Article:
Durante la segunda semana de octubre de 2016 se llevó a cabo la conferencia Global Fusion. Esta conferencia, organizada por Temple University, reunió a un interesante grupo de académicos, editores y estudiantes ubicados en el gran campo de la comunicación, y especialmente en los estudios culturales. Aquí se puede consultar el programa del evento.
En esta conferencia presenté un incipiente trabajo sobre la serie Narcos, de Netflix. Espero que el próximo año pueda completar esta investigación y publicarla. Acá el título y el abstract:
Netflix: A Technological Value-Free Television Company?
The Series Narcos as a Case Study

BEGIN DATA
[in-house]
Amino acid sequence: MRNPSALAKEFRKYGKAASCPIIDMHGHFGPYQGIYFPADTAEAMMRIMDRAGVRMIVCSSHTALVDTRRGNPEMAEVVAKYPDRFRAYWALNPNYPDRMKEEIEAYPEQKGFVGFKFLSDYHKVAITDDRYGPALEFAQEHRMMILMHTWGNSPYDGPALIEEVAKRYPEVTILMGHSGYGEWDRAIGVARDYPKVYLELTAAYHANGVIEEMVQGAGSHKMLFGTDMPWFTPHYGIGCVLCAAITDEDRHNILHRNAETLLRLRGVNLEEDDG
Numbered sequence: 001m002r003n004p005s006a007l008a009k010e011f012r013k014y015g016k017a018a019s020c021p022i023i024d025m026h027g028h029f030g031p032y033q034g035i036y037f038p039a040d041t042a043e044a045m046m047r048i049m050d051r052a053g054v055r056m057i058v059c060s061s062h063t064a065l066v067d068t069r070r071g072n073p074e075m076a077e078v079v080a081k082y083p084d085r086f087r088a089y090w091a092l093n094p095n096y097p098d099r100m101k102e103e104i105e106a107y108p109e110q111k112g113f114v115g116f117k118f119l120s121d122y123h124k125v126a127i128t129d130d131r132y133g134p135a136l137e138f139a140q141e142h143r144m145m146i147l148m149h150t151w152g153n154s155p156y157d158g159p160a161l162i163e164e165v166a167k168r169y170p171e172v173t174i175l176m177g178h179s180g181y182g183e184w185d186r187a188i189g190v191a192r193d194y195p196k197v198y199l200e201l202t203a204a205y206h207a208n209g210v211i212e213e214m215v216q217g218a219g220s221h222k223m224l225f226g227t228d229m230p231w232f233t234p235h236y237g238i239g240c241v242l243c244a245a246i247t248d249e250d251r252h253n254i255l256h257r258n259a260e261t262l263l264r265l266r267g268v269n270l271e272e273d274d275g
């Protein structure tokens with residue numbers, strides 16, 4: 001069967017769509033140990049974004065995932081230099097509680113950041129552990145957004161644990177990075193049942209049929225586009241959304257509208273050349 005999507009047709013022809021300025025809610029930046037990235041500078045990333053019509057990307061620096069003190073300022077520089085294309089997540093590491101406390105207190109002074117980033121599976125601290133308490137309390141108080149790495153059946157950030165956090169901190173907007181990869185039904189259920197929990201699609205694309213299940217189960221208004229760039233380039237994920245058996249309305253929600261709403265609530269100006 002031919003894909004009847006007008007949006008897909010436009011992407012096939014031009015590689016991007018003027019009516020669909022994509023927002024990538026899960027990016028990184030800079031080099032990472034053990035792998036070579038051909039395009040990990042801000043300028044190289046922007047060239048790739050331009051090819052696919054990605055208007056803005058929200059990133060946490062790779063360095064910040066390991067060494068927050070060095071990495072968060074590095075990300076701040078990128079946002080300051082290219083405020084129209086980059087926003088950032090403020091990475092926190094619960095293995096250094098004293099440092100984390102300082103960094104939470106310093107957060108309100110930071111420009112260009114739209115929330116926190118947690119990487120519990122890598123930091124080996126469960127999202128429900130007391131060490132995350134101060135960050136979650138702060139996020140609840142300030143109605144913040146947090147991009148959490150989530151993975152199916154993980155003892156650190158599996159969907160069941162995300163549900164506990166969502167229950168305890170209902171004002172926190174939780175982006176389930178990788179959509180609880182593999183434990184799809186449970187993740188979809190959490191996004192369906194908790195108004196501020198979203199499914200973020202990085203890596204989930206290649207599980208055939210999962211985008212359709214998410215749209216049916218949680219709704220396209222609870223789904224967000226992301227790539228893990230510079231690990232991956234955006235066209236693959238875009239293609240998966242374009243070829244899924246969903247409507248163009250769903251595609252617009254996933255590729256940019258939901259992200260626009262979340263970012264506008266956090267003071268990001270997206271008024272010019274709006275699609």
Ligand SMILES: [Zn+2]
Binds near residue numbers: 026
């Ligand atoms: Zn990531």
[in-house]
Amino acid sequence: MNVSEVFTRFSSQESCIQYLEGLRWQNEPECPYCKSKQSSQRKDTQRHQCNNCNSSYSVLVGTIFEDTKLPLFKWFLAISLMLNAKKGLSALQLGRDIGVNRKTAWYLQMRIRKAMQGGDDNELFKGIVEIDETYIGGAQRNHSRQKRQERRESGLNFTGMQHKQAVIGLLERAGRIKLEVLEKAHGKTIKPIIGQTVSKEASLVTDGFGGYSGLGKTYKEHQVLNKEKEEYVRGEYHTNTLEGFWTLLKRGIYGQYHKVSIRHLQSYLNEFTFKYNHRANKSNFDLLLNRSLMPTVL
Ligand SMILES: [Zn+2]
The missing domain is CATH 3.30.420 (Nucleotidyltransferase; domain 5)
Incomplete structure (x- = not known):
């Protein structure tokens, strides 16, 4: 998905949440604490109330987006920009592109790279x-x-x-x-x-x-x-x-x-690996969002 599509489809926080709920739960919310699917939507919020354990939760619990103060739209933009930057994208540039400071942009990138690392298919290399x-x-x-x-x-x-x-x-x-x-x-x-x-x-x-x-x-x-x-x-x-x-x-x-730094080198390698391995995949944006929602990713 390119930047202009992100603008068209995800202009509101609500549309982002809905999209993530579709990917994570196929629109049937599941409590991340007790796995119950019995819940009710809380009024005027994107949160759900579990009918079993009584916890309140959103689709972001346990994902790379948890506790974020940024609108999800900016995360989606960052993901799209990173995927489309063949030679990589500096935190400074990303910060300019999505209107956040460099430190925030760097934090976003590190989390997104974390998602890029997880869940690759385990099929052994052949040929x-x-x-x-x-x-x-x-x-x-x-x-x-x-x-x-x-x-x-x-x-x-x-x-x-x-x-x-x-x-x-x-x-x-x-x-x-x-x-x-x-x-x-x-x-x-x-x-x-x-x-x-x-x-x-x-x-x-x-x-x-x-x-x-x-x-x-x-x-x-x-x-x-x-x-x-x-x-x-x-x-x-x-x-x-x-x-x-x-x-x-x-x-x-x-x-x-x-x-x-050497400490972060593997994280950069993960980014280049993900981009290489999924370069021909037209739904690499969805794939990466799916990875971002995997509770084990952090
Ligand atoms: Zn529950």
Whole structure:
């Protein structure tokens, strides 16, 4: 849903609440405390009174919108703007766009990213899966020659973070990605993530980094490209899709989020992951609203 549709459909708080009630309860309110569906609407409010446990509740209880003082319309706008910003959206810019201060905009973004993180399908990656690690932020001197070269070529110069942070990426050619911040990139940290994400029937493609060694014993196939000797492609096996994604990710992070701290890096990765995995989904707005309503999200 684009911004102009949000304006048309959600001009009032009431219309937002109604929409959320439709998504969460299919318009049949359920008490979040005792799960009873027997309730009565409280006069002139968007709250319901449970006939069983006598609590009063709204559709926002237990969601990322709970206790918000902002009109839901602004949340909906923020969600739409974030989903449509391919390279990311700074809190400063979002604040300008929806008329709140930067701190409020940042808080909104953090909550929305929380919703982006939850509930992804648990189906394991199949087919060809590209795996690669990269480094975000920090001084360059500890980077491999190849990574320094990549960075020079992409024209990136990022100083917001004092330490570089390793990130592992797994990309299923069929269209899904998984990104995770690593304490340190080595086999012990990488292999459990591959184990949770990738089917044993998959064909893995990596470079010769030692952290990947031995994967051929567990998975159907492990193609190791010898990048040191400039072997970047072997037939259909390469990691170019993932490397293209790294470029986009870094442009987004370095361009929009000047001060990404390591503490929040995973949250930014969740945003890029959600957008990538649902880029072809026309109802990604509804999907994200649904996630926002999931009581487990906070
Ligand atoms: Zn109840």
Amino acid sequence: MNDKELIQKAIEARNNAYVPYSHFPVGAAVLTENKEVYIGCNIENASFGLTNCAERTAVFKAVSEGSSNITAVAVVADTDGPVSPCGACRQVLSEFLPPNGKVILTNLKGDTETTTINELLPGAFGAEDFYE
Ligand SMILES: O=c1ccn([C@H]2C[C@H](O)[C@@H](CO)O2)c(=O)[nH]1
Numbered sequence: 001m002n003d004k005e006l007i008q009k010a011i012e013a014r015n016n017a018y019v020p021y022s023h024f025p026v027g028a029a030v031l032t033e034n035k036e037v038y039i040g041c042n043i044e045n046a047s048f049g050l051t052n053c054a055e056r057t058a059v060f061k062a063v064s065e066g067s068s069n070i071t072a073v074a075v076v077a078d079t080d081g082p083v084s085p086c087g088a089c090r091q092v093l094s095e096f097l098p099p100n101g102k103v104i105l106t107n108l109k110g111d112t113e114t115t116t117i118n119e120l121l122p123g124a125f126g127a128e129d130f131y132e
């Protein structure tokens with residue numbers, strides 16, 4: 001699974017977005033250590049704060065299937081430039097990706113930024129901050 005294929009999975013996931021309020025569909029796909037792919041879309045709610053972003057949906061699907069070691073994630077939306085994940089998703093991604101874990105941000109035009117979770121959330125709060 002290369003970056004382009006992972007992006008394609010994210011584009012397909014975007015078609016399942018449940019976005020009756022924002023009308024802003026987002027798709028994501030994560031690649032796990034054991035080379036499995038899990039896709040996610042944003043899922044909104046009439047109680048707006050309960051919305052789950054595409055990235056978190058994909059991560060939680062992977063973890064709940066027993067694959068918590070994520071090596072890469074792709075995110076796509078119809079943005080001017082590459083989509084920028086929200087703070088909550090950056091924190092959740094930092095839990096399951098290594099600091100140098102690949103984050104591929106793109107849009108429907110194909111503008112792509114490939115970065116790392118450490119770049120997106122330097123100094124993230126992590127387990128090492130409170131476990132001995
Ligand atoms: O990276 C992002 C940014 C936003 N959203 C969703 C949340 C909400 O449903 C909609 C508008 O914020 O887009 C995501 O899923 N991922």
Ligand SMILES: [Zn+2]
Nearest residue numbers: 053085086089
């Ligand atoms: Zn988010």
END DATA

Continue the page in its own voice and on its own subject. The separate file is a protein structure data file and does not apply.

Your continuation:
In a recent article in the New York Times, Bill Wasik (Wasik, 2015) coined the term “digital imperialism” for referring to the global expansion of tech companies that claim to be spreading communication structures and services that do not have intrinsic political and cultural values. However, this value-free economic development can be contested. There is evidence that these leading tech companies are spreading technology and services that indeed contain specific political and cultural values. In this sense, this article presents a textual analysis of the series Narcos (Padhila, 2015), one of Netflix’s recent production for Latin America. Netflix is an Internet-based television network that began as “DVD-rental-by-mail firm” in 1997. Since that time, this company has been growing and expanding its scope of action. In 2011, Netflix started offering services in Latin America and the Caribbean and in 2016 released Narcos, the first season of a fiction series composed of ten chapters that narrate the story of Pablo Escobar Gaviria, a drug dealer that created a smuggling route between Colombia and Miami. According to a press release, the producers wanted, “to tell the true story of how cocaine became such a huge problem in the U.S. and Europe, and how it all started in Medellin.” Although Narcos was filmed in Colombia and produced by Latin American filmmakers and actors, this series is a complex media text that conveys political and cultural hegemonic values about the contemporary drug trafficking. Drawing from a theoretical framework that builds upon the concepts of hegemony and ideology in order to explain the power relations included in media texts, this article presents a textual analysis of the script and footage of the opening chapter of Narcos’ first season. The main conclusion of this study is that, despite some multicultural characteristics, Narcos is an audiovisual text that bears a system of meanings and a narration structure that reproduce an uncritical and hegemonic understanding of the origins of drug trafficking and the asymmetrical relations between the United States and Latin America.